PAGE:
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Graham Greene's Biography

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(Henry) Graham Greene was born in Berkhamsted, England on 2 October 1904.

Graham Greene's father was headmaster of Berkhamsted School. It appears that in his childhood Greene felt isolated and disliked. Reportedly, Graham Greene tried to saw open his own knee and swallowed various substances in an attempt to poison himself. Amongst other attempts at self-harm Graham Greene took 14 aspirin and swam in the school pool.

Graham Greene's father sent him to a psychoanalyst, Kenneth Richmond, who had a profound effect on him. In 1922 Graham Greene went to Balliol College. Greene's fascination with espionage was symbolised by his founding of the Mantichorean Society, where members conducted themselves in disguise. At university he also played Russian Roulette several times.

In 1925 Graham Greene fell in love with Vivien Dayrell-Browning and sent her 2000 letters over just two and a half years.

After a short spell with British American Tobacco Company, Graham Greene joined the Nottingham Journal as a trainee. Simultaneously he received instruction from Father Trollope that led to his conversion to Catholicism, which may have been inspired by his love for Vivien.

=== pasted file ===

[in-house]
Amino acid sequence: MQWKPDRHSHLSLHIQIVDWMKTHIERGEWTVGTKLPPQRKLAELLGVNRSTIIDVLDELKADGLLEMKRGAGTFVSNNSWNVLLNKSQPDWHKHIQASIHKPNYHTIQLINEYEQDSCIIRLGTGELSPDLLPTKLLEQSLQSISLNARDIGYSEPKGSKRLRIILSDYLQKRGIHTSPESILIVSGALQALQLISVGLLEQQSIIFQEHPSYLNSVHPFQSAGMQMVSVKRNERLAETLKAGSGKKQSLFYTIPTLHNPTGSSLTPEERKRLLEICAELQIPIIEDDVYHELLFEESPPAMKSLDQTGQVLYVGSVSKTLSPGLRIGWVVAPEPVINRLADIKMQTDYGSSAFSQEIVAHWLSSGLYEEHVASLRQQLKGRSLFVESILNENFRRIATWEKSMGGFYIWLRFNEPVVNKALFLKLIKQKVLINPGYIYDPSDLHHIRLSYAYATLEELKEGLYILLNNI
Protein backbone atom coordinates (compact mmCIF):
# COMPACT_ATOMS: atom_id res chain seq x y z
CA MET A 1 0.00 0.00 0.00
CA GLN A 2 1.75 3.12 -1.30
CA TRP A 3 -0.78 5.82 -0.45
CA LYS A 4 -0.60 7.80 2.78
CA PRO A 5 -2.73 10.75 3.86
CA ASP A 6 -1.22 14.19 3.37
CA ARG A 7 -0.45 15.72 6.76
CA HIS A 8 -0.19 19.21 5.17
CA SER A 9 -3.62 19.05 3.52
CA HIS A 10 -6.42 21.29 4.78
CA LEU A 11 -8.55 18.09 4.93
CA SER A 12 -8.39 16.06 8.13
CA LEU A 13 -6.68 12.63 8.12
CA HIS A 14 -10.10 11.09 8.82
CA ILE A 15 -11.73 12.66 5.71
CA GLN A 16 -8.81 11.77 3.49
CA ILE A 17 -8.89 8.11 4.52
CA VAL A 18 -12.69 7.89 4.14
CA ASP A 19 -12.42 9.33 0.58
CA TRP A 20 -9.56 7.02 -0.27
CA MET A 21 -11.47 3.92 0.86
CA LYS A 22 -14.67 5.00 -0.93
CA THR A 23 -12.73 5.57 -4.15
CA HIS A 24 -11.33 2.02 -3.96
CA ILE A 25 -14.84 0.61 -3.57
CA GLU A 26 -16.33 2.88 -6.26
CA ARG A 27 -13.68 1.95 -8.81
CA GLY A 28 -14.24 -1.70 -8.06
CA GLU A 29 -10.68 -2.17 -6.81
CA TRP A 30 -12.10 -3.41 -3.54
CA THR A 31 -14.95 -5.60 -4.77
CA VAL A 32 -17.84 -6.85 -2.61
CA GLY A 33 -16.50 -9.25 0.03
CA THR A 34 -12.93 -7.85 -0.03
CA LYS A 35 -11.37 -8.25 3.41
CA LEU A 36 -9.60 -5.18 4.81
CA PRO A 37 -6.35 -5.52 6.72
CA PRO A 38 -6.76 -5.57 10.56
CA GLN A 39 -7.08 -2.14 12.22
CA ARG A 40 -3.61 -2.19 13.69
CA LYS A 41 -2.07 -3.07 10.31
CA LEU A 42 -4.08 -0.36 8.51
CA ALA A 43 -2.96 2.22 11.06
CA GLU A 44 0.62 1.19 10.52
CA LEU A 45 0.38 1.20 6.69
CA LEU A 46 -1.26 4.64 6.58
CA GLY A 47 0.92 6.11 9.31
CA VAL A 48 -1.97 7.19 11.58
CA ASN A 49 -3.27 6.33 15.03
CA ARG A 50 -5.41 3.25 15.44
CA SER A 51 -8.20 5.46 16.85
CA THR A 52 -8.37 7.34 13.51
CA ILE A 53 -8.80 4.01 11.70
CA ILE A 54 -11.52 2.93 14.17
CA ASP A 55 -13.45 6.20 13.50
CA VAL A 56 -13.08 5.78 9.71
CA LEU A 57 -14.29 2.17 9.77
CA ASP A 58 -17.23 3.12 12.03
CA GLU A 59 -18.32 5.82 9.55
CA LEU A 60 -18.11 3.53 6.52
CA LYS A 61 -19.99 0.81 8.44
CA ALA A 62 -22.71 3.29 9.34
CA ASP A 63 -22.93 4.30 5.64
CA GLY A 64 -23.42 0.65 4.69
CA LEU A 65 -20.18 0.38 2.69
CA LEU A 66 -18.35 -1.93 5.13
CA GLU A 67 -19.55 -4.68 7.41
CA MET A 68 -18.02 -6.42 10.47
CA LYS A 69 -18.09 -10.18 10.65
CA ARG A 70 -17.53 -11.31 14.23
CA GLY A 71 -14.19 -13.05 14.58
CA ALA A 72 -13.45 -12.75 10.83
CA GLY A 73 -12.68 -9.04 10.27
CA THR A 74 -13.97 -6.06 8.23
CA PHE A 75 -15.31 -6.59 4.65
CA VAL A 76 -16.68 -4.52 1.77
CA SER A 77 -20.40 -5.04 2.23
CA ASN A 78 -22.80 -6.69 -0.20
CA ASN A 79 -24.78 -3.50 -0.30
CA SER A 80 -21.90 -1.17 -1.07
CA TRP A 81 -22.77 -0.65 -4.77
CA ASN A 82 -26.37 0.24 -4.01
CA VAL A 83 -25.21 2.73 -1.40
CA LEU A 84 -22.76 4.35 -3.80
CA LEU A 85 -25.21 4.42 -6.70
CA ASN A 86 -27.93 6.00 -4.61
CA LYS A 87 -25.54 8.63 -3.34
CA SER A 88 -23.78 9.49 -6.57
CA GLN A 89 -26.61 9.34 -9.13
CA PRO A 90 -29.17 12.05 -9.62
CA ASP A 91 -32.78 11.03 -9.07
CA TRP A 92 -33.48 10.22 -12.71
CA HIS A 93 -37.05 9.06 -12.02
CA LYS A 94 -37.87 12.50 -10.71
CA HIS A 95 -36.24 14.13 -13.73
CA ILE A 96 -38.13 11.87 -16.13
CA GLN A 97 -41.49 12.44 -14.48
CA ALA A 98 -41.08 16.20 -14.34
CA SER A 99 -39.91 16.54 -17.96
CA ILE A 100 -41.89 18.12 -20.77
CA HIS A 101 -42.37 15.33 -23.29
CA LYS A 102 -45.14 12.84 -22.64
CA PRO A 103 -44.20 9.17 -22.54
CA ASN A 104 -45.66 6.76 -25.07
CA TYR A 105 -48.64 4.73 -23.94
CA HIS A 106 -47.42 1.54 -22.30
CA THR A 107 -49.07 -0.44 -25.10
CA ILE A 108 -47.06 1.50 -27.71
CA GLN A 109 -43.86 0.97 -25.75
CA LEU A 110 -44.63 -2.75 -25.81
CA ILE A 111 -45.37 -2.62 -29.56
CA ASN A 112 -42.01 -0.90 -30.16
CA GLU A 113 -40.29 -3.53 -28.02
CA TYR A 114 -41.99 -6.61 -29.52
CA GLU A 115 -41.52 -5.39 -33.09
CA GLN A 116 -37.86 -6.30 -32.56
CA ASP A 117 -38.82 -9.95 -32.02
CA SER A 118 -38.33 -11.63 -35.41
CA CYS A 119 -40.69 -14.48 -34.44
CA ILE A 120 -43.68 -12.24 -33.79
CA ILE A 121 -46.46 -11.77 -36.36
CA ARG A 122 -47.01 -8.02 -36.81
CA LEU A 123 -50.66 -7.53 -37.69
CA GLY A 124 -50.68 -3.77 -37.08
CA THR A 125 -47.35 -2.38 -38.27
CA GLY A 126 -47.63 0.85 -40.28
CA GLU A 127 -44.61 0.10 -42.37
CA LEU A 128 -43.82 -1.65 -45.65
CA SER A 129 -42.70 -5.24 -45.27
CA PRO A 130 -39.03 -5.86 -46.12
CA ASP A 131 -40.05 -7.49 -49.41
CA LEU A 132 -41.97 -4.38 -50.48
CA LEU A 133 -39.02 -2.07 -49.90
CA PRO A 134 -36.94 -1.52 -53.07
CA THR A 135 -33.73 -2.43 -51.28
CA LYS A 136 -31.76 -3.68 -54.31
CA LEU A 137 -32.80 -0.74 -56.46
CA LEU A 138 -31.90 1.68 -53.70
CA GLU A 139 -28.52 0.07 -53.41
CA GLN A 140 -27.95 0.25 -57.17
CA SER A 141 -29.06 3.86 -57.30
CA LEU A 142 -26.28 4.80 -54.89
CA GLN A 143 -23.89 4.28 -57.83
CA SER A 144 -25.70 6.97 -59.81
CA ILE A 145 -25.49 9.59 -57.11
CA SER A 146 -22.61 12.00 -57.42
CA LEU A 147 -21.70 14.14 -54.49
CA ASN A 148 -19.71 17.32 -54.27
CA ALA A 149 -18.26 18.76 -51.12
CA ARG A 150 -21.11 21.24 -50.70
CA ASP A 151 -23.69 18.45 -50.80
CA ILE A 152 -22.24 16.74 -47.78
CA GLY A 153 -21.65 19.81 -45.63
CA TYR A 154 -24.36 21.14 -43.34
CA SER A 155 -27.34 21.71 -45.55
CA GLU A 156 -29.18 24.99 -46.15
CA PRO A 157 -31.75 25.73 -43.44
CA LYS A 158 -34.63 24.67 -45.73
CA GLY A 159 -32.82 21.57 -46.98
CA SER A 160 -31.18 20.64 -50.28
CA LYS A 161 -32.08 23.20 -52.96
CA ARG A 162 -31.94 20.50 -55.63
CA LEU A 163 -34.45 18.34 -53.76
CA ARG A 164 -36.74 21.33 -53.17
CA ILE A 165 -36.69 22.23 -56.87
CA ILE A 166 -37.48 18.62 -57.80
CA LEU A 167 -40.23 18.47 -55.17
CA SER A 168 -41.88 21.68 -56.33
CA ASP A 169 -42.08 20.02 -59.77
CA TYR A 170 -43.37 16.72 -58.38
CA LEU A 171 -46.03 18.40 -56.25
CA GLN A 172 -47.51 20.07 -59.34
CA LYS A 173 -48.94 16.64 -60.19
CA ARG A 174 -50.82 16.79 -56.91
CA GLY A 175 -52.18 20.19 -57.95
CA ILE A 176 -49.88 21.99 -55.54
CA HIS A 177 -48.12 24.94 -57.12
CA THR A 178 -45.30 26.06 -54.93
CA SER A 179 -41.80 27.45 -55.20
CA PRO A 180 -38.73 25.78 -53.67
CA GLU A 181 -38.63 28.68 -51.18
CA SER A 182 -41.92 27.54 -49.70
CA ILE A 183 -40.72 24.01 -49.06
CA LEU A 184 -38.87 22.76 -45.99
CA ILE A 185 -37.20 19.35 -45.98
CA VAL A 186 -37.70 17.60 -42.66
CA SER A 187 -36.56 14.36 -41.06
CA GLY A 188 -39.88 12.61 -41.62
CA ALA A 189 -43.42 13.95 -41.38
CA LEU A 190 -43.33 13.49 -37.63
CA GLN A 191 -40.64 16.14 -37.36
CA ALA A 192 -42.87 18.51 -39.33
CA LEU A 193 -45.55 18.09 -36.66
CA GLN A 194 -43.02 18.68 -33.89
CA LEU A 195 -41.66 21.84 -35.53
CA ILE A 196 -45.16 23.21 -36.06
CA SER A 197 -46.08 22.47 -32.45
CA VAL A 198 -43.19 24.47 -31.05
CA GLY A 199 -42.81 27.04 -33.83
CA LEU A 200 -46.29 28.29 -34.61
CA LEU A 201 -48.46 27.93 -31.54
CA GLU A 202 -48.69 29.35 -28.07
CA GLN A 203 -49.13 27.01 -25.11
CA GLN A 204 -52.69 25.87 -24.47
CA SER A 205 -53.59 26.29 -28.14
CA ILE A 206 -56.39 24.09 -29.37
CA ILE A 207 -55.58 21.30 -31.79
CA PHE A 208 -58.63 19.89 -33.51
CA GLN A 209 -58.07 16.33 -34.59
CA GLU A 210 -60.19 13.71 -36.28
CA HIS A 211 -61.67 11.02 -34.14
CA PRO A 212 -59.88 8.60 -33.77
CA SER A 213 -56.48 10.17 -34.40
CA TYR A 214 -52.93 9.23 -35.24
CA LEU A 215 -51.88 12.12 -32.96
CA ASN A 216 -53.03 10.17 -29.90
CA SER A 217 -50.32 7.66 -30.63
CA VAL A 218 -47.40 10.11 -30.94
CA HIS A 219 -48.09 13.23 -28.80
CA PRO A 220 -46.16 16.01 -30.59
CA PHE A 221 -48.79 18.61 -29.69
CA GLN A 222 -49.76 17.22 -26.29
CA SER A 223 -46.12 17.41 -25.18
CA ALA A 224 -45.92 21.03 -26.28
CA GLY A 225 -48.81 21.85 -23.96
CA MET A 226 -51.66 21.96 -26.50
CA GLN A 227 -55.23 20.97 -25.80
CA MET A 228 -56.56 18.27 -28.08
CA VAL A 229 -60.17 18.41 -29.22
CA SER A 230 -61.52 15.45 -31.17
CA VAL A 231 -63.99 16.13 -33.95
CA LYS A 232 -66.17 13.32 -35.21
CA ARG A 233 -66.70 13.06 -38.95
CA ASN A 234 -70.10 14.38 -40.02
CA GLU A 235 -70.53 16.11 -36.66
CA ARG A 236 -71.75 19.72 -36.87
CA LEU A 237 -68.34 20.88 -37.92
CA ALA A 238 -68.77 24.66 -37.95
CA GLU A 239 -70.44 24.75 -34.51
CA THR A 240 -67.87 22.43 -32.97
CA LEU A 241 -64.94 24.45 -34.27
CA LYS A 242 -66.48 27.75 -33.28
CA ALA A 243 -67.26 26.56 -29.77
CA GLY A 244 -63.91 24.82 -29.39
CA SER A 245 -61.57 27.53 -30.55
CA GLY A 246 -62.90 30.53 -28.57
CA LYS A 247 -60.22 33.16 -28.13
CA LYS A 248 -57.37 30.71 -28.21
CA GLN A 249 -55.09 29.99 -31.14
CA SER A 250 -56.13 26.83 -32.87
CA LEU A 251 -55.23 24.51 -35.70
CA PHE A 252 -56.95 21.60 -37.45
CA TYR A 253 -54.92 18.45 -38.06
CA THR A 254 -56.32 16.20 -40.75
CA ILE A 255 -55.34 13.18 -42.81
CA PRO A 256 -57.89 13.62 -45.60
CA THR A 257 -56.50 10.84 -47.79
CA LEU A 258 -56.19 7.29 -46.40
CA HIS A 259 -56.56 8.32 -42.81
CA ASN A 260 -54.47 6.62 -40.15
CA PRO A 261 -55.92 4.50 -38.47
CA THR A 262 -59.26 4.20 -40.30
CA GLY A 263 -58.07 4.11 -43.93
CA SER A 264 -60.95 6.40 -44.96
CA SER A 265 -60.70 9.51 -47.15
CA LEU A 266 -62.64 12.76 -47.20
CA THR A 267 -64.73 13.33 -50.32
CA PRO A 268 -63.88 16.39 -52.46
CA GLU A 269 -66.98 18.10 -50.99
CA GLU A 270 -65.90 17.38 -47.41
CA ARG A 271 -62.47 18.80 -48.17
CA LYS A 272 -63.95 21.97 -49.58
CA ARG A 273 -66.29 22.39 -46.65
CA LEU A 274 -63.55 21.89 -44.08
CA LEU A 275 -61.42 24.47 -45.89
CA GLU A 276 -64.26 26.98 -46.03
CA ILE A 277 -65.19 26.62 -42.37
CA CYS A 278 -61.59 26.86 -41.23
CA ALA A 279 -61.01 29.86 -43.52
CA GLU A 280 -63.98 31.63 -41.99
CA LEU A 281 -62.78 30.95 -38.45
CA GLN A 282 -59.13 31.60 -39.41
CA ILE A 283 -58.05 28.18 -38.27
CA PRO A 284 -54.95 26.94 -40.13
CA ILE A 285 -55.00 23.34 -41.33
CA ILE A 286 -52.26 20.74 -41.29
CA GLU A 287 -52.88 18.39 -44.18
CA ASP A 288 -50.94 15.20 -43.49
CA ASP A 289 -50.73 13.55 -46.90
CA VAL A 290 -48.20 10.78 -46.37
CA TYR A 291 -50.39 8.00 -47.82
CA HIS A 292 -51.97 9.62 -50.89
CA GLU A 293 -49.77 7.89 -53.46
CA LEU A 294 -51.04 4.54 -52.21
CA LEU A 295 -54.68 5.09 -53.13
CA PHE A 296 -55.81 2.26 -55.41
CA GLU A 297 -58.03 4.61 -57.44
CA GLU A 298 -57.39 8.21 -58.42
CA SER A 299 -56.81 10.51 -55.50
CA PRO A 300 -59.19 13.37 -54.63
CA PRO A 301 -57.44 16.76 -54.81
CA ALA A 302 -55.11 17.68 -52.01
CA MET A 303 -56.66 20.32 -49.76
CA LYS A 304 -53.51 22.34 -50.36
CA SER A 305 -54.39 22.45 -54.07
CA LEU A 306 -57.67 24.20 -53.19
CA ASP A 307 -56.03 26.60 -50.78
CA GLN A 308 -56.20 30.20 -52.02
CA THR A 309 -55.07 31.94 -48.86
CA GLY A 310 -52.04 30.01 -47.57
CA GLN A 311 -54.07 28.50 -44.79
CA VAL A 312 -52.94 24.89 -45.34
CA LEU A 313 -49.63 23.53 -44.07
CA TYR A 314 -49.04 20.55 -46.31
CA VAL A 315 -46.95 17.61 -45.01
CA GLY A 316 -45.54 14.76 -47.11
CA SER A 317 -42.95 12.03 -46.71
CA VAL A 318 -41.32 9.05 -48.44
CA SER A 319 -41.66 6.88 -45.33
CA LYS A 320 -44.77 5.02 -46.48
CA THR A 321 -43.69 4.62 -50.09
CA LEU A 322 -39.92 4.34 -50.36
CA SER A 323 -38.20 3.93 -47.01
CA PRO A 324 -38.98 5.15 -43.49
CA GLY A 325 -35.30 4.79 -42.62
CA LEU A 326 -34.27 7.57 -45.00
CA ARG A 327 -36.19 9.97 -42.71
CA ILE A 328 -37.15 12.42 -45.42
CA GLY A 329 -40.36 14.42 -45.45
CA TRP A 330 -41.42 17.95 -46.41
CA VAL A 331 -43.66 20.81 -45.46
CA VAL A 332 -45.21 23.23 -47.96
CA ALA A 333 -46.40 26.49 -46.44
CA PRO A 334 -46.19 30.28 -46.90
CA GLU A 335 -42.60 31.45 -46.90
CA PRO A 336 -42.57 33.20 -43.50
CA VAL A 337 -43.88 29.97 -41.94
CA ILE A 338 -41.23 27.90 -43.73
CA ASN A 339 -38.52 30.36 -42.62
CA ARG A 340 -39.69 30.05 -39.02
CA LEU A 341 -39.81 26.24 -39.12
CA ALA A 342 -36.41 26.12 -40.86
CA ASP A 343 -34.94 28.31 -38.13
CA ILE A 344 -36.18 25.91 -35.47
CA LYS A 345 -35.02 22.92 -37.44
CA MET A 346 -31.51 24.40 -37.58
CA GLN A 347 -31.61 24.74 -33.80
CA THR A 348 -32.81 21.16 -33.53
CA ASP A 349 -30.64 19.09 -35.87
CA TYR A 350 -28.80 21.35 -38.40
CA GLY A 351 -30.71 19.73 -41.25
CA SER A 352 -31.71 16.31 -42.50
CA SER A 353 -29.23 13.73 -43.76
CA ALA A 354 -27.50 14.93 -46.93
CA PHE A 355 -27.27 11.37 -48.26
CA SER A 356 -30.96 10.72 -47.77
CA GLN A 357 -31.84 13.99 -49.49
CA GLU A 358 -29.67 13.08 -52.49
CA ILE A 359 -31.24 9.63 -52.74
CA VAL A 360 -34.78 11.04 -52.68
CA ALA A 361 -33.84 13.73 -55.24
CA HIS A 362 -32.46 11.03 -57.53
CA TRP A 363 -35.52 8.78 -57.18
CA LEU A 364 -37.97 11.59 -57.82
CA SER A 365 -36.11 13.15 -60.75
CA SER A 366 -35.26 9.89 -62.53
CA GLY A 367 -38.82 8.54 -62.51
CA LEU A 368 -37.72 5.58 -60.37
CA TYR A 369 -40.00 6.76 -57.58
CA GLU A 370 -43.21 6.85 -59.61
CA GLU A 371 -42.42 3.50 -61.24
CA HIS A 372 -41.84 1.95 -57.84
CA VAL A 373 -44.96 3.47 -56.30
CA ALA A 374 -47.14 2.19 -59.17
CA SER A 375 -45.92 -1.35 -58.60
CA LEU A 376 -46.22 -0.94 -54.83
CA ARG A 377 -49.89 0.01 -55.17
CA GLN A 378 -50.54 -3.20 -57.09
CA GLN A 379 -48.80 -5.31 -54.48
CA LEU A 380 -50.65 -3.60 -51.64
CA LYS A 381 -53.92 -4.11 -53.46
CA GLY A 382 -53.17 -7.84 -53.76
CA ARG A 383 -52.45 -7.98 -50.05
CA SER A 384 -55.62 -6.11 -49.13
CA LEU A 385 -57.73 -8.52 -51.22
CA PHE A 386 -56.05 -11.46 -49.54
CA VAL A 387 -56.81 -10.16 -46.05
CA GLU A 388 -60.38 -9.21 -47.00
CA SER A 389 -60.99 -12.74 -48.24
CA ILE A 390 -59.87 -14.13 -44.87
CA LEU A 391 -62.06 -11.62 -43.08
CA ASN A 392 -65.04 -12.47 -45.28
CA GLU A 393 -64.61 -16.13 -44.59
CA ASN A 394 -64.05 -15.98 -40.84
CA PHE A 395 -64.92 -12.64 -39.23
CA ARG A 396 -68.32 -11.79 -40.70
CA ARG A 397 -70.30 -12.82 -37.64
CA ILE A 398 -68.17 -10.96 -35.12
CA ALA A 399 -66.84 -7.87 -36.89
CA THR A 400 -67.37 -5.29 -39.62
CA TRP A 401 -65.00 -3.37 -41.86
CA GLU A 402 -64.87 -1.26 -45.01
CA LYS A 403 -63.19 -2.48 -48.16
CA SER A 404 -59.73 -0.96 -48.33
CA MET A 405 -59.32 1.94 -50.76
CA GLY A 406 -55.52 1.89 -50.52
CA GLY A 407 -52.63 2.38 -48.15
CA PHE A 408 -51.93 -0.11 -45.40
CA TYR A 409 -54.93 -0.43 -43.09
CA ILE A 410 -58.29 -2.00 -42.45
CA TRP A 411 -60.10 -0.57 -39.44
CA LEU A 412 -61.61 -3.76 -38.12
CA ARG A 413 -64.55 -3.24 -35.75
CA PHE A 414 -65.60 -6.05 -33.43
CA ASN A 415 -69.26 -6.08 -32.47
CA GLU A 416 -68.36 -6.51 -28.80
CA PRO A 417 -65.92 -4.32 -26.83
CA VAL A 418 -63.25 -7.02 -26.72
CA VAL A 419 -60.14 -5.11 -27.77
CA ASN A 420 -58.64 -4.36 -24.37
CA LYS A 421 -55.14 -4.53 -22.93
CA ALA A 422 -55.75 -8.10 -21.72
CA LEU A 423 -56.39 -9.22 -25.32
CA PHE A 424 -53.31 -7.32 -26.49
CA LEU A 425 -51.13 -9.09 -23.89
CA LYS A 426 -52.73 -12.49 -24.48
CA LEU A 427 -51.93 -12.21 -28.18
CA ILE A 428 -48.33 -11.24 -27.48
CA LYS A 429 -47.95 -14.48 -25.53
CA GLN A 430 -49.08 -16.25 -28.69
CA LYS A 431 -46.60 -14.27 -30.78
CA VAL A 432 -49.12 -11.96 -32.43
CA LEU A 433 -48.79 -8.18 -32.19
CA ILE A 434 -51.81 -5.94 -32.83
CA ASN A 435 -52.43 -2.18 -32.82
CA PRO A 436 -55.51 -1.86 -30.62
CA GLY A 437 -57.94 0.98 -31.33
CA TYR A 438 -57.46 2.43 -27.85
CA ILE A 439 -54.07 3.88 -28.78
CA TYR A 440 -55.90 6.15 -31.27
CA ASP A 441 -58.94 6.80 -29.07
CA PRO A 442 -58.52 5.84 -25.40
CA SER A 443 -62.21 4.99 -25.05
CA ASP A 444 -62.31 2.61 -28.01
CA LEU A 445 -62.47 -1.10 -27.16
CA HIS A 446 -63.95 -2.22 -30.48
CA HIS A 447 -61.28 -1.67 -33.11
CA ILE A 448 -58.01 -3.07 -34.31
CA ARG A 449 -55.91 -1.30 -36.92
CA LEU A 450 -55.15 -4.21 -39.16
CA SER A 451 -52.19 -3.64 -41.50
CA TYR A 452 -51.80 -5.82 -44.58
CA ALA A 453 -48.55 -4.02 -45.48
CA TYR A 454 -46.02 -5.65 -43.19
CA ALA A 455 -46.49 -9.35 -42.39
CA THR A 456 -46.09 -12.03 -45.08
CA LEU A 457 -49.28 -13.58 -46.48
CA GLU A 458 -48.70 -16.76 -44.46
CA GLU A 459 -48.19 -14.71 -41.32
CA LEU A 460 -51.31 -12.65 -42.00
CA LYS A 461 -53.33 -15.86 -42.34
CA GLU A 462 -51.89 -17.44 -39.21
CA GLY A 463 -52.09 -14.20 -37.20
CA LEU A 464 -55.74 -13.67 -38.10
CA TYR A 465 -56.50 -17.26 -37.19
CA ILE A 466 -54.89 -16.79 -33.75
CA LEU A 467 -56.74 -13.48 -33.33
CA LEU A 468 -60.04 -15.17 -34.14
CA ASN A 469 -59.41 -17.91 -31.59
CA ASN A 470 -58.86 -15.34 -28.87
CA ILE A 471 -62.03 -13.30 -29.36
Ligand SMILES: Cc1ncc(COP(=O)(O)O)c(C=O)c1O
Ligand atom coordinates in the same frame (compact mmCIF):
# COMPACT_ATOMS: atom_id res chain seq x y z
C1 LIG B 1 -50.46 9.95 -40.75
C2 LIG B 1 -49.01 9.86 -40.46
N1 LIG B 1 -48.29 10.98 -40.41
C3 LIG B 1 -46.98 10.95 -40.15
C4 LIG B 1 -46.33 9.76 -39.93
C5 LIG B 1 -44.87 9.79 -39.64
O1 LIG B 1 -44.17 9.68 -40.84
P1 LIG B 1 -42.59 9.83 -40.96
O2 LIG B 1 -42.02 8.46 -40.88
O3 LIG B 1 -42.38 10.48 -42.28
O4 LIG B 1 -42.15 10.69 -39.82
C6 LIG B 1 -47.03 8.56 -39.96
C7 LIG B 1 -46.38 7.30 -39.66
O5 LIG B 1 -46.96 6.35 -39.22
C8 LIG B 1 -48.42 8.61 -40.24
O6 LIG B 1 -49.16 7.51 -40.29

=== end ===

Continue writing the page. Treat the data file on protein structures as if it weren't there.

In March 1926, Graham Greene moved to The Times. He had started writing in his undergraduate days and still continued in spite of his first two novels being continually rejected. He started his third, The Man Within.

Graham Greene and Vivien Dayrell-Browning married on 15 October 1927.

The Man Within was accepted and became a huge success. Greene left The Times and started writing for Heinemann full-time. His next couple of efforts were commercial flops, however; but then Stamboul Train was published and proved a critical and sales success.

Notable Graham Greene novels include Brighton Rock (1938), The Third Man (1950), Our Man in Havana (1958) and The Honorary Consul (1973).

Our Man In Havana is to a large extent based on Greene's activities as an intelligence officer during World War II. Greene worked with the infamous Kim Philby and they used to drink together at The King's Arms behind St James's Street. Just prior to the Allied invasion of Europe, Graham Greene resigned from MI6. His departure was a surprise, but Greene later explained:

"I moved out of MI6 because Philby wanted to promote me and I didn't wish to be promoted, and I also wished to go abroad if I could..."

On 20 November 1947, Graham Greene left Vivien. He had been having an affair with Dorothy Glover, but seems to have been obsessed with Catherine Walton, with whom he also had an affair.

In 1966 Graham Greene, who had always been a traveller and indeed written several travel books, settled in Antibes.

Recommended further reading: The Life of Graham Greene by Norman Sherry, and The Quest for Graham Greene by W.J. West.


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